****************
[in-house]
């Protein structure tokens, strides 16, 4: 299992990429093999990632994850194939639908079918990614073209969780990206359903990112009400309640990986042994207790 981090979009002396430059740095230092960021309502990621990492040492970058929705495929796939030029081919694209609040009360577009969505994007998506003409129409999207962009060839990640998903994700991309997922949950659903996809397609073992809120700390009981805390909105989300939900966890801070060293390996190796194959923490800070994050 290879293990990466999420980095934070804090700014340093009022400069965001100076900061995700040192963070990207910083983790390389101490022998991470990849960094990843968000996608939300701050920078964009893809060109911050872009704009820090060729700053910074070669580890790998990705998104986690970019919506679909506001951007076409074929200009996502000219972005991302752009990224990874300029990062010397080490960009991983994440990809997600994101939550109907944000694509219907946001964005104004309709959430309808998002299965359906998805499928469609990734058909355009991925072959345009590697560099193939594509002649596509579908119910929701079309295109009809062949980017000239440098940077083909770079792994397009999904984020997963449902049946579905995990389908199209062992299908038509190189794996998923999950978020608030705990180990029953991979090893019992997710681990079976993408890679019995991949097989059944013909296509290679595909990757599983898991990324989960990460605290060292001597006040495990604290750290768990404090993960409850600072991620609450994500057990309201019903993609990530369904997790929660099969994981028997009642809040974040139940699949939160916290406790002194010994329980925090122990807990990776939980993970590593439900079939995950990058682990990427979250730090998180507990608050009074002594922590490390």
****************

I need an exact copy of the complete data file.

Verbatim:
[in-house]
């Protein structure tokens, strides 16, 4: 299992990429093999990632994850194939639908079918990614073209969780990206359903990112009400309640990986042994207790 981090979009002396430059740095230092960021309502990621990492040492970058929705495929796939030029081919694209609040009360577009969505994007998506003409129409999207962009060839990640998903994700991309997922949950659903996809397609073992809120700390009981805390909105989300939900966890801070060293390996190796194959923490800070994050 290879293990990466999420980095934070804090700014340093009022400069965001100076900061995700040192963070990207910083983790390389101490022998991470990849960094990843968000996608939300701050920078964009893809060109911050872009704009820090060729700053910074070669580890790998990705998104986690970019919506679909506001951007076409074929200009996502000219972005991302752009990224990874300029990062010397080490960009991983994440990809997600994101939550109907944000694509219907946001964005104004309709959430309808998002299965359906998805499928469609990734058909355009991925072959345009590697560099193939594509002649596509579908119910929701079309295109009809062949980017000239440098940077083909770079792994397009999904984020997963449902049946579905995990389908199209062992299908038509190189794996998923999950978020608030705990180990029953991979090893019992997710681990079976993408890679019995991949097989059944013909296509290679595909990757599983898991990324989960990460605290060292001597006040495990604290750290768990404090993960409850600072991620609450994500057990309201019903993609990530369904997790929660099969994981028997009642809040974040139940699949939160916290406790002194010994329980925090122990807990990776939980993970590593439900079939995950990058682990990427979250730090998180507990608050009074002594922590490390």